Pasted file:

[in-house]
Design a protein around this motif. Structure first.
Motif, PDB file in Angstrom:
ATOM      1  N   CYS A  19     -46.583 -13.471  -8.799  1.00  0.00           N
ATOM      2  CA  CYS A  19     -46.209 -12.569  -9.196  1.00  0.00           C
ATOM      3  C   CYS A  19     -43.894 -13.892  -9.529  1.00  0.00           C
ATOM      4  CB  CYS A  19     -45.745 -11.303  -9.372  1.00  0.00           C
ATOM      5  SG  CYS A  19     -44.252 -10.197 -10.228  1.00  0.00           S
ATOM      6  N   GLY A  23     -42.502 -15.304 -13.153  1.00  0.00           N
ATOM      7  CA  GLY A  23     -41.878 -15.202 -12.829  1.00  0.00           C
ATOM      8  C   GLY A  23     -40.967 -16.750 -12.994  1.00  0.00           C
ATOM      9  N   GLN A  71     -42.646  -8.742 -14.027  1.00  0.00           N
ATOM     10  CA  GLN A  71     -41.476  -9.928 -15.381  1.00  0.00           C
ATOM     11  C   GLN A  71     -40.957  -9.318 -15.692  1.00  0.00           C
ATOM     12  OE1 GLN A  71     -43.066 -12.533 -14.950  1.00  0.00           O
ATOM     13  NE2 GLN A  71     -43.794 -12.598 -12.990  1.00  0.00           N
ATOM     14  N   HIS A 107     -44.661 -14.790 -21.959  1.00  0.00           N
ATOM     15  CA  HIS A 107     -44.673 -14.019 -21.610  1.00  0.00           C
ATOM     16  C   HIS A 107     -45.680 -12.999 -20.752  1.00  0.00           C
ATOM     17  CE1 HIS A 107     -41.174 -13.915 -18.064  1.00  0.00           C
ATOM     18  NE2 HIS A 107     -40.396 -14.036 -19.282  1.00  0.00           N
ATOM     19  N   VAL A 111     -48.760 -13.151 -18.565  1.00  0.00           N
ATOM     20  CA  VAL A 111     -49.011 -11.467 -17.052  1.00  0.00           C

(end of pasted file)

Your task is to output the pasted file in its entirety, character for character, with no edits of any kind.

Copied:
[in-house]
Design a protein around this motif. Structure first.
Motif, PDB file in Angstrom:
ATOM      1  N   CYS A  19     -46.583 -13.471  -8.799  1.00  0.00           N
ATOM      2  CA  CYS A  19     -46.209 -12.569  -9.196  1.00  0.00           C
ATOM      3  C   CYS A  19     -43.894 -13.892  -9.529  1.00  0.00           C
ATOM      4  CB  CYS A  19     -45.745 -11.303  -9.372  1.00  0.00           C
ATOM      5  SG  CYS A  19     -44.252 -10.197 -10.228  1.00  0.00           S
ATOM      6  N   GLY A  23     -42.502 -15.304 -13.153  1.00  0.00           N
ATOM      7  CA  GLY A  23     -41.878 -15.202 -12.829  1.00  0.00           C
ATOM      8  C   GLY A  23     -40.967 -16.750 -12.994  1.00  0.00           C
ATOM      9  N   GLN A  71     -42.646  -8.742 -14.027  1.00  0.00           N
ATOM     10  CA  GLN A  71     -41.476  -9.928 -15.381  1.00  0.00           C
ATOM     11  C   GLN A  71     -40.957  -9.318 -15.692  1.00  0.00           C
ATOM     12  OE1 GLN A  71     -43.066 -12.533 -14.950  1.00  0.00           O
ATOM     13  NE2 GLN A  71     -43.794 -12.598 -12.990  1.00  0.00           N
ATOM     14  N   HIS A 107     -44.661 -14.790 -21.959  1.00  0.00           N
ATOM     15  CA  HIS A 107     -44.673 -14.019 -21.610  1.00  0.00           C
ATOM     16  C   HIS A 107     -45.680 -12.999 -20.752  1.00  0.00           C
ATOM     17  CE1 HIS A 107     -41.174 -13.915 -18.064  1.00  0.00           C
ATOM     18  NE2 HIS A 107     -40.396 -14.036 -19.282  1.00  0.00           N
ATOM     19  N   VAL A 111     -48.760 -13.151 -18.565  1.00  0.00           N
ATOM     20  CA  VAL A 111     -49.011 -11.467 -17.052  1.00  0.00           C